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A homeostatic model of oxidative damage explains paradoxes observed in earlier aging experiments: a fusion and extension of older theories of aging

Novoseltsev, V. N., Novoseltseva, J. A., Yashin, A. I.

Biogerontology, 2:2, 127-138 (2001)

Abstract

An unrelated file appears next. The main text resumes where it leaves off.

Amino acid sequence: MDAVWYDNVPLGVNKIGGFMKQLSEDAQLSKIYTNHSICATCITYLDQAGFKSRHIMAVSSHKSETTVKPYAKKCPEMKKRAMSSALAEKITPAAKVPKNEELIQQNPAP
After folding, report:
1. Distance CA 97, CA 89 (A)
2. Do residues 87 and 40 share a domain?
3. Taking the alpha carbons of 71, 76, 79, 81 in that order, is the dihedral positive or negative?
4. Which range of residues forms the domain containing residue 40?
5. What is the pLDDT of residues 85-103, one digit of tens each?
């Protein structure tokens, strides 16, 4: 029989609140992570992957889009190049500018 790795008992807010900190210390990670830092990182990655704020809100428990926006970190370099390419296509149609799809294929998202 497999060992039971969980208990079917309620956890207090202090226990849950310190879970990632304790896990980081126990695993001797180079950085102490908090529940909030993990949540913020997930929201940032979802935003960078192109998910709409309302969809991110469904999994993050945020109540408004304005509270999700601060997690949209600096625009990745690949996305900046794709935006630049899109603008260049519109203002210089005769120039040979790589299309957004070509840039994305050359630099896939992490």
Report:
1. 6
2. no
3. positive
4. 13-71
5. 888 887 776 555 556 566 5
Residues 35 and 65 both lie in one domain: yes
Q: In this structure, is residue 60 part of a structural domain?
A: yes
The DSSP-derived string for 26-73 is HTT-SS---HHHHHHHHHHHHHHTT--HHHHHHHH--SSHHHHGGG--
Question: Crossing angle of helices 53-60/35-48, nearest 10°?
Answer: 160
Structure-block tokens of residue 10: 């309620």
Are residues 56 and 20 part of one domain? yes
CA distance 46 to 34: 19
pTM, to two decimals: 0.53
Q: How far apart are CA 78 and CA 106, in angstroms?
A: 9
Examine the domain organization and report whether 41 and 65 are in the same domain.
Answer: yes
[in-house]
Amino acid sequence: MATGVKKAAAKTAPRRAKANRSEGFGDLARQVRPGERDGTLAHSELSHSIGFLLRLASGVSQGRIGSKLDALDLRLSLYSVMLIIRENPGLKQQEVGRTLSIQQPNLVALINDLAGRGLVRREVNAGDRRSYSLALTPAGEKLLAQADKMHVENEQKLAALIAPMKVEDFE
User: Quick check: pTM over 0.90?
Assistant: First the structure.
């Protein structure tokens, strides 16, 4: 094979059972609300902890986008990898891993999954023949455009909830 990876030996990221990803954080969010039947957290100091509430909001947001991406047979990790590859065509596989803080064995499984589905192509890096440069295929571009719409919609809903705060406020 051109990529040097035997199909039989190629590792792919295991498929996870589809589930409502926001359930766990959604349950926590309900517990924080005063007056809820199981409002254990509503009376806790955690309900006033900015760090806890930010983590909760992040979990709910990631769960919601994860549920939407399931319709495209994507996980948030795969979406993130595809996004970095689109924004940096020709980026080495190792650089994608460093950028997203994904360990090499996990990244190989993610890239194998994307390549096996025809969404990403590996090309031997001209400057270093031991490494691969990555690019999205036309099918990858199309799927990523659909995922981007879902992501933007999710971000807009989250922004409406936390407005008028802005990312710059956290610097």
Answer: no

The Rate of Living and the Threshold Theories of Aging are two contradicting approaches used to explain experimental facts about aging in fruit flies. In this paper we suggest an approach that unifies these theories and removes the contradiction. The approach involves quantitative description of the oxidative stress theory of aging, which is presented in the form of a mathematical homeostatic model. The crucial variable in the model is called ’homeostatic capacity‘, which is analogous to the classical notion of vitality. We model the process of aging as the age-related accumulation of damage produced by oxidative stress, which reduces the homeostatic capacity of the organism. The model is tested with the experimental data obtained in the classical experiments by Maynard Smith in 1958–1963. Our homeostatic model explains the well-known results of these experiments more accurate than any one of the early theories of aging. We form an hypothesis about the mechanisms underlying the results observed in the experiments and analyze a possible interplay of these mechanisms. Our virtual replication of Maynard Smith‘s classical experiments demonstrates that mathematical modeling can be a powerful tool to reveal and investigate the inherent genetic and physiological processes underlying the data observed in complicated insect experiments. (© 2001 KLUWER ACADEMIC PUBLISHERS)

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